It is unlikely that the decline in elephant poaching in the Niassa Reserve is purely the result of effective anti-poaching operations and increased sentencing. Our recent fieldwork ascertained that while ivory from the Niassa Reserve was not for sale, live pangolins are, and local sources confirm that pangolin scales and lion bones originating from the reserve still transit Pemba and can be sourced if wanted.
It is not surprising that anti-poaching operations alone in an area the size of the Niassa Reserve have not stopped illegal wildlife trade across the board. Further, there is evidence that sentence length alone is not a good deterrent, but rather the likelihood of being caught and a sanction occurring have a higher impact on deterrence. This may be exacerbated in Mozambique where prison overcrowding means that prisoners are fairly regularly released early to make space for new offenders.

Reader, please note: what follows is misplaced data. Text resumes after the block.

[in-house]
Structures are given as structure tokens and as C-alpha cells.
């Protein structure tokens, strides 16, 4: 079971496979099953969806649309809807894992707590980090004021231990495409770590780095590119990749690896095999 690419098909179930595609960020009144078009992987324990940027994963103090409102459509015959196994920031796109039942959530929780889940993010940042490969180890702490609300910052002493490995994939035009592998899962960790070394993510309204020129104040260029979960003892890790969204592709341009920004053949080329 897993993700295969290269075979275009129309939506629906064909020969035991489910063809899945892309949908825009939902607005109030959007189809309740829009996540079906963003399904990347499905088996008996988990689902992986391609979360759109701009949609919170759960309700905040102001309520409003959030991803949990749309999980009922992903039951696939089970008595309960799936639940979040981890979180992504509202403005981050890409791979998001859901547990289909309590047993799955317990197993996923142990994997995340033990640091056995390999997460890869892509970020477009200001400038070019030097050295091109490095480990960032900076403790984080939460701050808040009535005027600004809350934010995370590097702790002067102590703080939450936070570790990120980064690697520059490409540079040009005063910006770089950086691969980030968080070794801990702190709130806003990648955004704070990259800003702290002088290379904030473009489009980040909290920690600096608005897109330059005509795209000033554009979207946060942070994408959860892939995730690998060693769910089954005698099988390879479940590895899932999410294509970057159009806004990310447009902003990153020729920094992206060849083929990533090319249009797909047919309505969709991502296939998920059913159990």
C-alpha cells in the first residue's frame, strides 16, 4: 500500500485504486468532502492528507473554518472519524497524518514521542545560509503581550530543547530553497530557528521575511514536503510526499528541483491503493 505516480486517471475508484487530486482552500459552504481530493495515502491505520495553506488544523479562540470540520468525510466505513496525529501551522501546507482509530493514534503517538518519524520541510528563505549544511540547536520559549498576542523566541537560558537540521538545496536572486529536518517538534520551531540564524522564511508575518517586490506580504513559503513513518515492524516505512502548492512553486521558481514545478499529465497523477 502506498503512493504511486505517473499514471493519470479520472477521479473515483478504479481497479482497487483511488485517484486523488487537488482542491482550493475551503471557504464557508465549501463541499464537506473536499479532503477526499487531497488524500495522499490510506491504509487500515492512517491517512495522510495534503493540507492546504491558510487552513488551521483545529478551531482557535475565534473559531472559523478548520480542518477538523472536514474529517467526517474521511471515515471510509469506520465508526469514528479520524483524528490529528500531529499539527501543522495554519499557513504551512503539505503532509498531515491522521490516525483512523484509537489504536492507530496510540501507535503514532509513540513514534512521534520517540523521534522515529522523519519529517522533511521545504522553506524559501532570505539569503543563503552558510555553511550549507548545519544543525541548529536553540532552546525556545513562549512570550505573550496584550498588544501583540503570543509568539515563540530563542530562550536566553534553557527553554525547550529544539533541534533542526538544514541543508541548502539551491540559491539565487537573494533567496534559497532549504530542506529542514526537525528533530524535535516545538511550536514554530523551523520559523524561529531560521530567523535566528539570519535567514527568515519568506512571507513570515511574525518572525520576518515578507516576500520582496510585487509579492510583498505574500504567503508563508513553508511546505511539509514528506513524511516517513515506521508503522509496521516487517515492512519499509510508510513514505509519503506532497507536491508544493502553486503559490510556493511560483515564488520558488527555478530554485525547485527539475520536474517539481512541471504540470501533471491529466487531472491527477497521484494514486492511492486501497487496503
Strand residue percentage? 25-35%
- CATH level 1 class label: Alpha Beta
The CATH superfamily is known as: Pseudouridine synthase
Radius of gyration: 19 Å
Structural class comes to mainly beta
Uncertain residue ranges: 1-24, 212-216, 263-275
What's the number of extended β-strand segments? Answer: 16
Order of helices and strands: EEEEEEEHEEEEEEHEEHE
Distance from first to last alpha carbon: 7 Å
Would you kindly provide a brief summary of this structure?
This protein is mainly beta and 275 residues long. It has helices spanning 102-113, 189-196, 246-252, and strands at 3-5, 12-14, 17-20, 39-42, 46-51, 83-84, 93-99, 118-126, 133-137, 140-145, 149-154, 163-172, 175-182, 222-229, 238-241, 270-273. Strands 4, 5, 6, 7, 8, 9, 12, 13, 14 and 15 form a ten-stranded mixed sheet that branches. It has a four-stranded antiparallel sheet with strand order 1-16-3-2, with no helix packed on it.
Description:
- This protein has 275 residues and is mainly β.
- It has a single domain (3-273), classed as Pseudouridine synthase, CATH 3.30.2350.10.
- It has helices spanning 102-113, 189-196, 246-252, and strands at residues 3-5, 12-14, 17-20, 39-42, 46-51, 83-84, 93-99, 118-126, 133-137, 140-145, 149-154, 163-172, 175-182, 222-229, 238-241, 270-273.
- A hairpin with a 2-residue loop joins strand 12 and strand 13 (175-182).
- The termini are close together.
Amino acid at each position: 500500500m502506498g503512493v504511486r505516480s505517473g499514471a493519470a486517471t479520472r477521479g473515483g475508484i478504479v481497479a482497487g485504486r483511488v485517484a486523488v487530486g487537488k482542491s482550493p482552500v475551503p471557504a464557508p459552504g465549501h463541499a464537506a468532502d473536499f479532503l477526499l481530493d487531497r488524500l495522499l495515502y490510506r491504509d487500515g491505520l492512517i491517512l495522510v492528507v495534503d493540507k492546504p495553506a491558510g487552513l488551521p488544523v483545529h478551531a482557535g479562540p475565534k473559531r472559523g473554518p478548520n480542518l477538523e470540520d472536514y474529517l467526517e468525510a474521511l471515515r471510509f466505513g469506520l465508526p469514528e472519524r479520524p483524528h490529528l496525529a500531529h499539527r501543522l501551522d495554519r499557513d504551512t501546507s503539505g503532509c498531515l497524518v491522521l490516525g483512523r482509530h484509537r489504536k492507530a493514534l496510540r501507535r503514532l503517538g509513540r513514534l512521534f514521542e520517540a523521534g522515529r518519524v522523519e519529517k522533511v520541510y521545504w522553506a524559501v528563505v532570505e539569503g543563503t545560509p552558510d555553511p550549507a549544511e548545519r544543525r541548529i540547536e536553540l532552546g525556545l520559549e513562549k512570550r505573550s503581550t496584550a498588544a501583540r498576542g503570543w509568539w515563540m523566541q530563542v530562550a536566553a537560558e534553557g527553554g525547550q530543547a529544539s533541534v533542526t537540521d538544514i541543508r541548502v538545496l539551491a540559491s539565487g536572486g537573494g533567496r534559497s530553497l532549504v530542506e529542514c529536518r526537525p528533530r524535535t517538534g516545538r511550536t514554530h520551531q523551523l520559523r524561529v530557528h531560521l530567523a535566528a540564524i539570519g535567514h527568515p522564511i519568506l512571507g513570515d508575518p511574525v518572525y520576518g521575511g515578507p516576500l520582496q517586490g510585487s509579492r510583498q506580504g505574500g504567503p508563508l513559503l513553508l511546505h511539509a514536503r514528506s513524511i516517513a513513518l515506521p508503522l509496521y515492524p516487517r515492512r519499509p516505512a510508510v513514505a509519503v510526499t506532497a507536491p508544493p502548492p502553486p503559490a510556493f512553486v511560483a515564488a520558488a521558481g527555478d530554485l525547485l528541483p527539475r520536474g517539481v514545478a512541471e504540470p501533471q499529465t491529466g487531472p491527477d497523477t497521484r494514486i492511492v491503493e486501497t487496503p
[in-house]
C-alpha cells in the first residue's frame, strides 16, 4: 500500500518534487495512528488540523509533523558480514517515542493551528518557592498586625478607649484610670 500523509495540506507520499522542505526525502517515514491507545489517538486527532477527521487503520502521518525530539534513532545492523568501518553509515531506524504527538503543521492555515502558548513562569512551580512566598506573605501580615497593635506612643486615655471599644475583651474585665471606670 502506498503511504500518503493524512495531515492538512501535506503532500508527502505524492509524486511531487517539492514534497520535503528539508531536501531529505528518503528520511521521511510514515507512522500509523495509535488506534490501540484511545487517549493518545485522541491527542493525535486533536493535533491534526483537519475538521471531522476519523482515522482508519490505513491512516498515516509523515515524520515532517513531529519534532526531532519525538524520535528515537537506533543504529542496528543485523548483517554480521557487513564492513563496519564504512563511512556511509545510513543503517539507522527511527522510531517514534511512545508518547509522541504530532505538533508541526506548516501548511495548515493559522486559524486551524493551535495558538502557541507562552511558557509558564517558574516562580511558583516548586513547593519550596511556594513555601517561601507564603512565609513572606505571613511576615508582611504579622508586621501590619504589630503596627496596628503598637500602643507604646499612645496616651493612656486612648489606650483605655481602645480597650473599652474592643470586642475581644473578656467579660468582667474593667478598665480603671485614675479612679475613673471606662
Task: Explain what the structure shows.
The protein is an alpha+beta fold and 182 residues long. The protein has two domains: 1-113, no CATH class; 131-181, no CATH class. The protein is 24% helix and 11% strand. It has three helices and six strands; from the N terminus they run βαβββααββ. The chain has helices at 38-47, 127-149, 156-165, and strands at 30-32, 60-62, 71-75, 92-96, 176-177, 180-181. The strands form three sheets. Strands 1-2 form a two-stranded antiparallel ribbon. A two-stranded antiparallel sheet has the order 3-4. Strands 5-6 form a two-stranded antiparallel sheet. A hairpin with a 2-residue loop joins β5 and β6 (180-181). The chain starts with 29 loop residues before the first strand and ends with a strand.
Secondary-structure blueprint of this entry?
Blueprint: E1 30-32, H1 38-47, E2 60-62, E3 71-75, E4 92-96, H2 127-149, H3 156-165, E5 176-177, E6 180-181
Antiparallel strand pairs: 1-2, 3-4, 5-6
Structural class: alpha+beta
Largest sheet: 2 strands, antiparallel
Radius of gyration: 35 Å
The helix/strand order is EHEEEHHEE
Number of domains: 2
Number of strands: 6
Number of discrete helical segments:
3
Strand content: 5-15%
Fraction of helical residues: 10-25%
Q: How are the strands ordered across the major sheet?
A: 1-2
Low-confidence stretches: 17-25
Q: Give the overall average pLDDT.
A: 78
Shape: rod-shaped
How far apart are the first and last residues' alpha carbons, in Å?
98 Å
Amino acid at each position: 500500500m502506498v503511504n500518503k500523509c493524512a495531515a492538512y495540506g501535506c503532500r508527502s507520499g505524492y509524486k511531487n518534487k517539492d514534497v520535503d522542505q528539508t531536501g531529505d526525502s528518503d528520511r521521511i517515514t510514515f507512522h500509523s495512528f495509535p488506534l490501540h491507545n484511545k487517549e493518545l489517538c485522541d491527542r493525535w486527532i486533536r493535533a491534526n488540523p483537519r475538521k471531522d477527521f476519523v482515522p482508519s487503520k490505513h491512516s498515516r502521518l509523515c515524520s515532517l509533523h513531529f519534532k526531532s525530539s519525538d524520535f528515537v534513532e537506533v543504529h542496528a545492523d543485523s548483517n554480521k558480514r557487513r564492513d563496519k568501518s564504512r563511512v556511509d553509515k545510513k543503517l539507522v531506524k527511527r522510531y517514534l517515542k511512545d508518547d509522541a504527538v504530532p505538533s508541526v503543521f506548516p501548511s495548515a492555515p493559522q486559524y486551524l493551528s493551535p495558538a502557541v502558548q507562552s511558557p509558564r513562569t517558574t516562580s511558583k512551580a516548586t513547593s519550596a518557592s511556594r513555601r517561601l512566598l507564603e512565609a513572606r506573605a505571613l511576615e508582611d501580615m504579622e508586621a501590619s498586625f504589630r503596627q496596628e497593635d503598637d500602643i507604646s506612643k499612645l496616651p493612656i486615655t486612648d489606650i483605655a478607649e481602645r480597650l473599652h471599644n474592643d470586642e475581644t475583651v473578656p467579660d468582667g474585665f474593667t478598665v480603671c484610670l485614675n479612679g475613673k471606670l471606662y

Therefore, while effective anti-poaching operations and effective sentencing are key components of improving the rule of law in and around protected areas, there may be several other key factors that are critical to reducing organised high-value poaching. In this instance, key specific factors include:
Direct operational support from donors and NGO partners for these cooperating law-enforcement activities;
At the same time, the wider context of the breakdown of the rule of law in northern Mozambique due to ongoing violence, and other ongoing illicit trades in the region, must be borne in mind. The specific successes described here should be attributed to improved rule of law that focused on a specific product – ivory. This has overcome a culture of impunity and created a feeling of vulnerability in the criminal networks dealing with that product. DM
This article appears in the Global Initiative Against Transnational Organised Crime’s monthly Eastern and Southern Africa Risk Bulletin. The Global Initiative is a network of more than 500 experts on organised crime drawn from law enforcement, academia, conservation, technology, media, the private sector and development agencies. It publishes research and analysis on emerging criminal threats and works to develop innovative strategies to counter organised crime globally.